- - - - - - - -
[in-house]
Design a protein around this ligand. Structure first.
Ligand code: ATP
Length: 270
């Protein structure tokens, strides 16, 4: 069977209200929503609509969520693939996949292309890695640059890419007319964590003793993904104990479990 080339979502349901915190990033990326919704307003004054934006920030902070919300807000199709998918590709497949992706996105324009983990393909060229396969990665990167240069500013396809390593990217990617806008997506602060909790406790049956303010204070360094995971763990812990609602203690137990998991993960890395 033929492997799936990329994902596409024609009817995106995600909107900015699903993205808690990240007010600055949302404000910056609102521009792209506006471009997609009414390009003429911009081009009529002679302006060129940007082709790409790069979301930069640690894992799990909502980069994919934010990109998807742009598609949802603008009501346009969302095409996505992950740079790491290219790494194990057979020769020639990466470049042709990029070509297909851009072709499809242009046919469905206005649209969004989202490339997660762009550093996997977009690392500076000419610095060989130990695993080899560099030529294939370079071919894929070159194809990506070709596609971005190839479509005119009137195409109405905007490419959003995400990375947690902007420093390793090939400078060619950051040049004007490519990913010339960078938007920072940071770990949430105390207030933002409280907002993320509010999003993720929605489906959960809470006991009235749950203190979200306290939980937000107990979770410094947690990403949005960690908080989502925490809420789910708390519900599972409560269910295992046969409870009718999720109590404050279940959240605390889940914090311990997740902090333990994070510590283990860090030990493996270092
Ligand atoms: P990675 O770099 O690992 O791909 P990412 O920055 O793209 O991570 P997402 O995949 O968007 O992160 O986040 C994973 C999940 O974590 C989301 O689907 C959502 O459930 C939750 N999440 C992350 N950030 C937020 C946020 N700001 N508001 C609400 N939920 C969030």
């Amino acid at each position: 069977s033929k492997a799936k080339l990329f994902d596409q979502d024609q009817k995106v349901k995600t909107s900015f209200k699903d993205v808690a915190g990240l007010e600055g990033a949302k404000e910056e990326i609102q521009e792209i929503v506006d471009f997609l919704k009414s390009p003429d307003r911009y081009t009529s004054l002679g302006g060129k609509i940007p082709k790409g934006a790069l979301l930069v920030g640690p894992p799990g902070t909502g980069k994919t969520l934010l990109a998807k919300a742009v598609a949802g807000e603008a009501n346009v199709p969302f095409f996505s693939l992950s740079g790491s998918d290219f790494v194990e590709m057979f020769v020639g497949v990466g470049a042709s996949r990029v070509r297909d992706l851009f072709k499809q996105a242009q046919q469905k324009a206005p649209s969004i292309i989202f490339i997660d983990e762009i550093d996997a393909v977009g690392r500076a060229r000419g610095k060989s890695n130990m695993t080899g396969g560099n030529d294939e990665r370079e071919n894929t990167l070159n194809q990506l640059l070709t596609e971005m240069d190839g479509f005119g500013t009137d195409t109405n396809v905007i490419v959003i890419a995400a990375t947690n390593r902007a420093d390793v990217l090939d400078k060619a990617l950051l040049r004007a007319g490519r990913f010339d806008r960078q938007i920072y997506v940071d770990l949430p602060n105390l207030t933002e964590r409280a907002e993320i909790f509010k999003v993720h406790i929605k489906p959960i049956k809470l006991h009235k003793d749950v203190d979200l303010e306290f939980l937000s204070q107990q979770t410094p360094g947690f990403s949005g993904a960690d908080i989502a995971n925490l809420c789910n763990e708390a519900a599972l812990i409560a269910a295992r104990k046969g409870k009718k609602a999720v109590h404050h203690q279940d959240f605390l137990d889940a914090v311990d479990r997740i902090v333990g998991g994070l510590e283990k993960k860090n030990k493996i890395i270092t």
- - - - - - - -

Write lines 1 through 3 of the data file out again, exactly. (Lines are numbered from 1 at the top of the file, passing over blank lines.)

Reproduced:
[in-house]
Design a protein around this ligand. Structure first.
Ligand code: ATP